INDIANAPOLIS — Kasey Kahne earned a career-defining victory as the sun set at Indianapolis Motor Speedway.
That was appropriate, because the sun could end up setting on his NASCAR career over the next six months. An 18-time winner in the Cup Series, his future is literally in the dark at Hendrick Motorsports, where he has a contract through next year but so far little sponsorship to guarantee a ride.
Just 10 hours after his team owner Rick Hendrick declined to talk about Kahne’s future, Kahne at least knows his 2017 could be considered a somewhat successful one as the win launches him from 22nd in the standings and into the 16-driver playoffs.
“It feels good to win, you know?” Kahne said. “For all these people that work so hard, it feels good to get into Victory Lane and show that we can do it if things go our way.”
Riding a 102-race winless streak, Kahne missed the playoffs in 2015 and 2016. Speculation has hounded him for more than a year that he could be out of a job.
Hendrick earlier in the day, when talking about the hiring of Alex Bowman to replace Dale Earnhardt Jr., said any talk about the future of the No. 5 car would come on another day. After the race, he said he had made no decision on the No. 5 car for 2018.
So Kahne had to win the race. He lost the lead on a restart in the first overtime attempt to Brad Keselowski, and if he didn’t regain the lead on the next one, he might never could have shaken the reputation that he just didn’t have it to win these races.
“This just shows that I still want to win races,” Kahne said. “This shows that I give it all that I can to get a win and shows that I’m passionate about driving stock cars and can still win races, too.
“I have a deal through 2018 with Hendrick Motorsports. I hear a lot of things. It’s tough to say exactly what is going to happen because I don’t know at this point in time. I know me and Mr. H will figure it out.”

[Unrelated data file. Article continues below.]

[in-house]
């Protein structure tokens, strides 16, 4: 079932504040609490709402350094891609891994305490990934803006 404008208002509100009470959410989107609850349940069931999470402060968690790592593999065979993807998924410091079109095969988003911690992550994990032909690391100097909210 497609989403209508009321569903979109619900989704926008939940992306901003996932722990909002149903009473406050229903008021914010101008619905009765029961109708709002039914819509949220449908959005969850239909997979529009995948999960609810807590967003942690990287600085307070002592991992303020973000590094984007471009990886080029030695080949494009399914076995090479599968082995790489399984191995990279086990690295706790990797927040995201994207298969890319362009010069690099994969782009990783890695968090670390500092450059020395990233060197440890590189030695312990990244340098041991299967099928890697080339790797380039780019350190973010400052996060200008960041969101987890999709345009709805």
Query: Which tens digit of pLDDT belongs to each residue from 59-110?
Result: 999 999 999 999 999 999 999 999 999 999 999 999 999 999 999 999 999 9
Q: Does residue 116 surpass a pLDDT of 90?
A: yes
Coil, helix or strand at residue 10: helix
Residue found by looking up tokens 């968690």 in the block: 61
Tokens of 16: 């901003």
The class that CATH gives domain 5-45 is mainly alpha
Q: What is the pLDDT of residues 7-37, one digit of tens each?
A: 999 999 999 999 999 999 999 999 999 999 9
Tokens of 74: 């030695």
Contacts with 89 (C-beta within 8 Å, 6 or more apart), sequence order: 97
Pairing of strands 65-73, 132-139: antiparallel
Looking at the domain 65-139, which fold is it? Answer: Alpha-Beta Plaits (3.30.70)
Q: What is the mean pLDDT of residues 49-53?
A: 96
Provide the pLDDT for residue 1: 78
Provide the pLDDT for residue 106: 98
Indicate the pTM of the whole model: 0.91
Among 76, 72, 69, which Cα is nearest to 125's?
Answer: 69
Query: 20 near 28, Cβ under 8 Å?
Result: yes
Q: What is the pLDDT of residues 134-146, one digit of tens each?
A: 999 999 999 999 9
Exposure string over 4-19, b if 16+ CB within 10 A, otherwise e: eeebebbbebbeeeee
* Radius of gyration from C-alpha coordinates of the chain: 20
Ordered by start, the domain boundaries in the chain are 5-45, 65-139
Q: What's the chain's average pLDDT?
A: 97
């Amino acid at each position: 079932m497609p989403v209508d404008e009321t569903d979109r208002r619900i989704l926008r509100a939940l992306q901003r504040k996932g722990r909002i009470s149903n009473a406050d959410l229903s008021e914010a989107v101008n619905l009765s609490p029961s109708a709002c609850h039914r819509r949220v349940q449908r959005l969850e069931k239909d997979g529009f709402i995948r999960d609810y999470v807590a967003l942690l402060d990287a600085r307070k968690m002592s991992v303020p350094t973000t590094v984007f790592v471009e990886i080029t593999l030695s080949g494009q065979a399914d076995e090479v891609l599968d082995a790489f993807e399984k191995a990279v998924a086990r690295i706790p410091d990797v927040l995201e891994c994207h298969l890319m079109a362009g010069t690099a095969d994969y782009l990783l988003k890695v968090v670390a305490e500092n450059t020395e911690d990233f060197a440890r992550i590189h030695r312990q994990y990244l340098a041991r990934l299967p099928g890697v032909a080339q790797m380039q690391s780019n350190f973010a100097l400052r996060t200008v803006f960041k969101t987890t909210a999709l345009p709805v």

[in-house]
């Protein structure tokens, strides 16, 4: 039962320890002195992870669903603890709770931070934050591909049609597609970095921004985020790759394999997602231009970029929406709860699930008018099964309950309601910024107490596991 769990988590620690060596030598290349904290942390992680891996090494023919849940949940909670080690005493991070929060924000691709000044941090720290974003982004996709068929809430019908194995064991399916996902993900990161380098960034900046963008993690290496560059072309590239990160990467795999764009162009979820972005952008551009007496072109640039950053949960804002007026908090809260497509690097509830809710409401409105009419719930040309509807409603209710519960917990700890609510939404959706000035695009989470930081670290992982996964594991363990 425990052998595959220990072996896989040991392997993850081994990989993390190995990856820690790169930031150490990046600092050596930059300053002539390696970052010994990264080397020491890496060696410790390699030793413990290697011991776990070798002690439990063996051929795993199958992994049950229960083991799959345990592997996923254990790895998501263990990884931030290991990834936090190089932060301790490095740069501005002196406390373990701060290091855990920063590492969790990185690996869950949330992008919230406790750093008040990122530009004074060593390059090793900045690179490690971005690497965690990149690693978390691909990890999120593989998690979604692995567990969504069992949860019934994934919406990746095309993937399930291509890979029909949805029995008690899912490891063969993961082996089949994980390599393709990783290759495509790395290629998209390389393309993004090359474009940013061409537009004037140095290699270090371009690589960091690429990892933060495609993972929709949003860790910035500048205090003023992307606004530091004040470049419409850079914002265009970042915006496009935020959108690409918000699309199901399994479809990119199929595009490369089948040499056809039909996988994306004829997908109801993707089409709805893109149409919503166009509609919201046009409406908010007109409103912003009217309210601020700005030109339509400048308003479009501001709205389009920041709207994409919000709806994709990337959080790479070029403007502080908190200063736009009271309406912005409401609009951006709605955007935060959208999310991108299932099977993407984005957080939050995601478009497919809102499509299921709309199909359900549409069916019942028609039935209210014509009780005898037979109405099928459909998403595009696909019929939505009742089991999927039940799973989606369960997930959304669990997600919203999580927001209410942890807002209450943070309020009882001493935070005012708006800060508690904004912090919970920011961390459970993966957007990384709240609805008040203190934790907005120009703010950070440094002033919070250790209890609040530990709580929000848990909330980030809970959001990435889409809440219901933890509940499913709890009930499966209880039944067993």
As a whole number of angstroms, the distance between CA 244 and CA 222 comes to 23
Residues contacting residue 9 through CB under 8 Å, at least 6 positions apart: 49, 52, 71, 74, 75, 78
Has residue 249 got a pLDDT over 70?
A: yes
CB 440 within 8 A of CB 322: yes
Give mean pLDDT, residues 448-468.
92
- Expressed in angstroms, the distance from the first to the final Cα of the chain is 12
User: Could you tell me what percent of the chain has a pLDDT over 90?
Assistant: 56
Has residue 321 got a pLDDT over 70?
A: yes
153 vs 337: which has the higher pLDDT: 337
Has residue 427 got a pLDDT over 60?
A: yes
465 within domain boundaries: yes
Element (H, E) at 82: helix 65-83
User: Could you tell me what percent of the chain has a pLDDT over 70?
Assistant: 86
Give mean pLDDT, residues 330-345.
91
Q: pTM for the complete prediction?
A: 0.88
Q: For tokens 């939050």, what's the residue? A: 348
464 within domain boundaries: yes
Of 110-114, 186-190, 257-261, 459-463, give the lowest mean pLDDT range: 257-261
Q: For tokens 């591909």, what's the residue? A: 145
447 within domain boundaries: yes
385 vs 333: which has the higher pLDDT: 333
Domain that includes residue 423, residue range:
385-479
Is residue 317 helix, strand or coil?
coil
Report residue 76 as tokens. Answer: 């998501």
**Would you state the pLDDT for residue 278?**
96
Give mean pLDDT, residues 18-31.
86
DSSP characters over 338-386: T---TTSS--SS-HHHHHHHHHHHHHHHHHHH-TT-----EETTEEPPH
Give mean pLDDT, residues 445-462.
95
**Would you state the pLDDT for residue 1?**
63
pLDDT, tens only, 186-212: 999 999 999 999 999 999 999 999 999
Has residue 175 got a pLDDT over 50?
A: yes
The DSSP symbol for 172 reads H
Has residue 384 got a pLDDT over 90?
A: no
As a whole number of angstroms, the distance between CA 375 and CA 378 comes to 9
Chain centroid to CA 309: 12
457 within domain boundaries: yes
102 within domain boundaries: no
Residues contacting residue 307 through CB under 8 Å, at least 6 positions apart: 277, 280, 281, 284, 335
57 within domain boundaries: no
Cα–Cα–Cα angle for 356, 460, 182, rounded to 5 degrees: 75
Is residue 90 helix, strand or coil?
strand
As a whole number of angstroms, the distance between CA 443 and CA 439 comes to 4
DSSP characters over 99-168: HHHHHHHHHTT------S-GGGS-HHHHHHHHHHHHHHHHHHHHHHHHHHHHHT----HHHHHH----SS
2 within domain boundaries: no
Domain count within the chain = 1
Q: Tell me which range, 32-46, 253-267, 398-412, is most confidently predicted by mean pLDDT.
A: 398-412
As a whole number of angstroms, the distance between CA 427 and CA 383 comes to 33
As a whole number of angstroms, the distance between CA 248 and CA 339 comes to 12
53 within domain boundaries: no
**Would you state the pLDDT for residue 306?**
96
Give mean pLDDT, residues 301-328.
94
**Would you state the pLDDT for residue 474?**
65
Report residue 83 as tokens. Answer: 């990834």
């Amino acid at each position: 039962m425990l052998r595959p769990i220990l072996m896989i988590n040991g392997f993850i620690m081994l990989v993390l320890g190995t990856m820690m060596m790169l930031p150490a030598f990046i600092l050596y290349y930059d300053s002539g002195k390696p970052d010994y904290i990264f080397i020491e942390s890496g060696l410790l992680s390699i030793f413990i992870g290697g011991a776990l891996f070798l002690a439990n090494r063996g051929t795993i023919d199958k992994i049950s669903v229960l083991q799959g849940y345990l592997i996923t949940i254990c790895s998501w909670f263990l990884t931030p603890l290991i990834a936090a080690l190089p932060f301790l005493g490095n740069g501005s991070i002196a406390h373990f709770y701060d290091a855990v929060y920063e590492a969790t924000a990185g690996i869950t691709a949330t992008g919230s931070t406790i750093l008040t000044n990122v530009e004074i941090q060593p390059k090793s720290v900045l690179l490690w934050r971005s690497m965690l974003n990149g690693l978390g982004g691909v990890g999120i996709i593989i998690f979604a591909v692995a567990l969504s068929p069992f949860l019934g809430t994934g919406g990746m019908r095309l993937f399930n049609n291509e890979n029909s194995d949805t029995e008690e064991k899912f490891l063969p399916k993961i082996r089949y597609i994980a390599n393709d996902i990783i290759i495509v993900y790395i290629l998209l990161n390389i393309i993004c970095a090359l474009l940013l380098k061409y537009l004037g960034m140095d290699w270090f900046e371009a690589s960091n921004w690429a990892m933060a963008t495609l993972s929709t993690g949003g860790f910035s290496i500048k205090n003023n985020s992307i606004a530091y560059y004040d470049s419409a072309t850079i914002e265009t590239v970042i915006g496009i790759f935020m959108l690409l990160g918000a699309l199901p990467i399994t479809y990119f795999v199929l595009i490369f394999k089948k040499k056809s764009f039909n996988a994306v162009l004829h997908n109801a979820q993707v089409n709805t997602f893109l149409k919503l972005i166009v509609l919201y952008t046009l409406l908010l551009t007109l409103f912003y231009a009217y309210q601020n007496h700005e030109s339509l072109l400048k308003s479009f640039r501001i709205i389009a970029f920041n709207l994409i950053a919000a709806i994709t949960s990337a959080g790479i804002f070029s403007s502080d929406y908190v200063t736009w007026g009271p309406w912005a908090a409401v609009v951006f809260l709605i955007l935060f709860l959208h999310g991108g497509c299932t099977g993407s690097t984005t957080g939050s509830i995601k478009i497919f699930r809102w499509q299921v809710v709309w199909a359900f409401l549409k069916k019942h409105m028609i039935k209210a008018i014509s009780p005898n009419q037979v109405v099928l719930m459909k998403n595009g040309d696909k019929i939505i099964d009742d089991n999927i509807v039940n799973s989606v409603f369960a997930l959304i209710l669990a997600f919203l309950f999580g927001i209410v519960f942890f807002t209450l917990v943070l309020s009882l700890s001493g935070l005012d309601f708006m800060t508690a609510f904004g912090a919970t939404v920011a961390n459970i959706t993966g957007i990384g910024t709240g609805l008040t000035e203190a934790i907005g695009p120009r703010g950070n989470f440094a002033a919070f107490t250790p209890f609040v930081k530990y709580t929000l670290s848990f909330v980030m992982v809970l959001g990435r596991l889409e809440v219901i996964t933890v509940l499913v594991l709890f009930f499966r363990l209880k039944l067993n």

After the race, Hendrick talked about the near future rather than 2018 when asked what this win does for Kahne’s future.
“It puts him in the playoffs,” Hendrick said. “We’re excited about that. I hope this turns the corner.”
Kahne won a wild event, one that took nearly seven hours to complete thanks to rain (104 minutes), a crash with 10 laps remaining (20 minutes) in regulation and another crash in overtime (24 minutes).
The last 50 laps turned a typical Brickyard dud of a parade that Busch dominated into a free-for-all. The race at first appeared as if it would then come down to fuel mileage. Then five wrecks involving 19 cars in the final 17 laps contributed to the craziness.
One of those wrecks came as Jimmie Johnson, Kahne and Brad Keselowski were three-wide in a turn. Johnson, whose car appeared to be blowing an engine and smoke billowing out of the rear of his car, ended up spinning into the wall.
“You still can’t [go three-wide],” Keselowski said. “[In the movie] Tin Cup,’ [he] didn’t think he could hit it over the water, but he still tried, right?”
Kahne’s win had some controversy as well. He thought Keselowski jumped a restart on the first overtime attempt, where a wreck occurred as the cars hit the start-finish line and Keselowski was ruled the leader.
On the next overtime attempt, Kahne took the lead. As he headed down the backstretch and before he reached the overtime line, where the race would be official if the caution came out, a wreck began behind him. The caution didn’t come out until the leaders had gone well past the overtime line.
NASCAR executive vice president Steve O’Donnell said it treats every caution as the final attempt, and wanted to try to let it play out. He also said, in retrospect, there was enough oil on the track that they likely would not have been able to restart the race as darkness began to set in.
There’s no doubt, though, that Kahne earned it.
“He drove through the oil dry,” Keselowski said. “He didn’t just drive through it, he drove [the car] in there, and it stuck. Lots of credit to him for getting it to stick.
“It was impressive. I didn’t feel like I could do that if I was on the bottom lane.”
After the race, Kahne went to the infield medical center after suffering from dehydration and cramps. The race had sucked a lot out of him, probably much like the past three years of struggles at Hendrick. After receiving fluids, he certainly beamed over the victory in a race.
“It’s one of those things, you as a driver, all you’re trying to do everything correctly [at the end]. … As an elite driver, you want to win that but there’s a bunch of guys that want to win it,” Kahne said. “You do all that you possibly can and it fell in our favor today.”
Whether there are any dark days ahead for those on the No. 5 team remains to be seen. For now, they will savor the memory of having won the 2017 Brickyard 400.
“For me, working at Hendrick, it’s been very stable, which is really nice,” Kahne crew chief Keith Rodden said. “But when you’re not winning races and not getting the job done, I think you have your own answer [about your future].
“I don’t worry about it. I just try to keep the team guys focused.”